Little River Bike Tour 2017

Local cyclists can soon feel safer traveling on the road. Starting today, motorists must give three feet of clearance when passing a bicycle rider. That distance is measured from the outmost portion of the vehicle to the outmost portion of the bicycle. Similar laws already exist in 39 other states.

There are between five and eight cycling deaths each year in Kentucky.   

A bicycle is considered a slow moving vehicle. Cyclists must follow the same road rules as motorists, and therefore have the same right-of-way as any car, truck or bus.

This law could have a major impact on communities like Hopkinsville that lack designated bike lanes on main roads. Over the past few years, long distance cycling has been gaining popularity in the local community. Hopkinsville has accepted the cycling community better than some residents expected.

“I think we have some of the best cooperation between cyclists and cars that you could imagine,” said Tim Moore, owner of Bikes and Moore.

According to Moore, both the cyclists and car drivers are already doing a good job of sharing the road with each other. Now there will be a legal penalty for drivers and cyclists not following laws that have long been just unspoken agreements.

The law also makes it legal for motor vehicles to pass cyclists even in a no passing zone, when the roadway is unobstructed. Previously, motorists had to wait until they reached a passing zone to safely pass.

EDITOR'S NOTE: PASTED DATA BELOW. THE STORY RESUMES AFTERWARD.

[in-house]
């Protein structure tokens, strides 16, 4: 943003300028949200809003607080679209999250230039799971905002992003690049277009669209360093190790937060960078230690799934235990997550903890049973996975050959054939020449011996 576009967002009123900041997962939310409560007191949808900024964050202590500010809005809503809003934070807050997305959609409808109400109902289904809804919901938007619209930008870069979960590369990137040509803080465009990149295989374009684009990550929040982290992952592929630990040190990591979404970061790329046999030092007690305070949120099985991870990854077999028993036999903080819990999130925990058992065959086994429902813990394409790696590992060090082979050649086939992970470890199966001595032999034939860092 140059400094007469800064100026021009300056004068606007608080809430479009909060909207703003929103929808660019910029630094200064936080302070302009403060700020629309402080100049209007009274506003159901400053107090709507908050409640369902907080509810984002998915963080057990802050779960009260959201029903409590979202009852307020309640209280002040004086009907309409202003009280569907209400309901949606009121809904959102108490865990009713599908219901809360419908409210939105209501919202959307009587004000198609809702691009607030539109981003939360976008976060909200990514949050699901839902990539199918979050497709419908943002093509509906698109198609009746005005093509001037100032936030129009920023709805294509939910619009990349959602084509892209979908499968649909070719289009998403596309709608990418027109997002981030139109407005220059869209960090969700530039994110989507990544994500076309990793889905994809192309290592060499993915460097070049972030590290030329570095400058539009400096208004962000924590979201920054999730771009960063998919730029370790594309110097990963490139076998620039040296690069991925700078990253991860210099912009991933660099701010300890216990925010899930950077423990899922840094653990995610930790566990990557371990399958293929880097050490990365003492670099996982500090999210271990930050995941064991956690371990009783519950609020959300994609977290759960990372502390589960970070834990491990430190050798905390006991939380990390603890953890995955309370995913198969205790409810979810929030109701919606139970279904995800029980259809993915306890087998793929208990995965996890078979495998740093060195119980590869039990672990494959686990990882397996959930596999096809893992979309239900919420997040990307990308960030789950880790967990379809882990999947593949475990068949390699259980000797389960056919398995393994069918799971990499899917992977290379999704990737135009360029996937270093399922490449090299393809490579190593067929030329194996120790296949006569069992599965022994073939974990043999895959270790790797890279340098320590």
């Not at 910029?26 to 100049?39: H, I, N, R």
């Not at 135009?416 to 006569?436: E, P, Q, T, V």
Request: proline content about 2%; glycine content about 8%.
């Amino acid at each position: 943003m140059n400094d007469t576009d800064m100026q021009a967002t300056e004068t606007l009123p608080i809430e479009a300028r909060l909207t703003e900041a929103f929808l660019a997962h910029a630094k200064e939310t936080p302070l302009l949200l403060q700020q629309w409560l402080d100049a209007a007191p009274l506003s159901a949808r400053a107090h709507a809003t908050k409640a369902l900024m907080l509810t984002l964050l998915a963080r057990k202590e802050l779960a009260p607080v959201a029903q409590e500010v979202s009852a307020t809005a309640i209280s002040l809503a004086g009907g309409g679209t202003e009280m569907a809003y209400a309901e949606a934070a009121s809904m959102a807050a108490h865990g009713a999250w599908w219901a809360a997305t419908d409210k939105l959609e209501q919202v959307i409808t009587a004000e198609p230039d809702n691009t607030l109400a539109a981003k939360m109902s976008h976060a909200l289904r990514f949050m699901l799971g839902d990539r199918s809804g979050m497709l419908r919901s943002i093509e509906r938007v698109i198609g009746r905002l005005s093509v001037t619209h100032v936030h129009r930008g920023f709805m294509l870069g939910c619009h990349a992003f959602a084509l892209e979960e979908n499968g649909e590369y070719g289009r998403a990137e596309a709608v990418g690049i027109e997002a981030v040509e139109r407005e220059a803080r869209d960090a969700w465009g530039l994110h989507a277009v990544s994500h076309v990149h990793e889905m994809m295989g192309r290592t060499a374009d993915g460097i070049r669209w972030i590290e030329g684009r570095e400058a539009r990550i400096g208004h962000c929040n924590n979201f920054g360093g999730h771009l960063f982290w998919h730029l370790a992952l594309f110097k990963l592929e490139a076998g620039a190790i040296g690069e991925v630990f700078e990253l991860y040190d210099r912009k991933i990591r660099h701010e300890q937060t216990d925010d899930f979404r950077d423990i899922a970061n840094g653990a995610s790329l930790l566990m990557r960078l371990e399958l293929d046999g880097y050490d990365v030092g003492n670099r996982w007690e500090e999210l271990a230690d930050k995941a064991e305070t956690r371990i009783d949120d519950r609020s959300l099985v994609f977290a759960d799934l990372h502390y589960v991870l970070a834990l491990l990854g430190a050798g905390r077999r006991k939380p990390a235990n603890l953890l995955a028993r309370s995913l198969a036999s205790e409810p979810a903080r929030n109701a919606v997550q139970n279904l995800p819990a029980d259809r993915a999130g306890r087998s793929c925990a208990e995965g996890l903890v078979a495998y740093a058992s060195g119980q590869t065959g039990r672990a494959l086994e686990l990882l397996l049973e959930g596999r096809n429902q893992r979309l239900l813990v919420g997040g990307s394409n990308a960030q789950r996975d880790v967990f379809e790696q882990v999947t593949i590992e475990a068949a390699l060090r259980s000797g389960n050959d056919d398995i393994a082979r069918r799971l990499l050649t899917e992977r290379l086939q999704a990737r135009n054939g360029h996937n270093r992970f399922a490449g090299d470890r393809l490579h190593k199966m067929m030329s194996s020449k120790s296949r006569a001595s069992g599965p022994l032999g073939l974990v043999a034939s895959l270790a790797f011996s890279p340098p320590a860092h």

Cyclists are not allowed to ride more than two abreast on a single highway lane, unless on a road marked for cycling use.

“If you really want to go fast the best way to do it is single file…but that’s not very social,” said Moore.

According to Moore, if there is a large group of cyclists together, riding two-by-two takes up less space on the road. It keeps the line of cyclists shorter, so cars lined up behind the group can pass easier. The ability to ride two-by-two instead of single file depends on the quality and size of the road.

The new law was spearheaded by psychologist-turned-citizen advocate, Dixie Moore. After numerous close encounters on her bicycle in Lexington, she decided to push state legislatures to pass specific laws ensuring road safety for cyclists.

The law will obviously make it safer for local cyclists, but it also has an economic benefit. Safer cycling laws can attract tourists to the area. Some people call cycling tourists “a wallet on wheels,” according to Dixie Moore. With its country roads and beautiful scenery, Christian County could be a perfect place for those tourists to safely ride.

 “We’re (cyclists) not asking to be special,” said Dixie Moore. “We’re just asking to be safe.”

REACH JON RUSSELBURG at 270-887-3241

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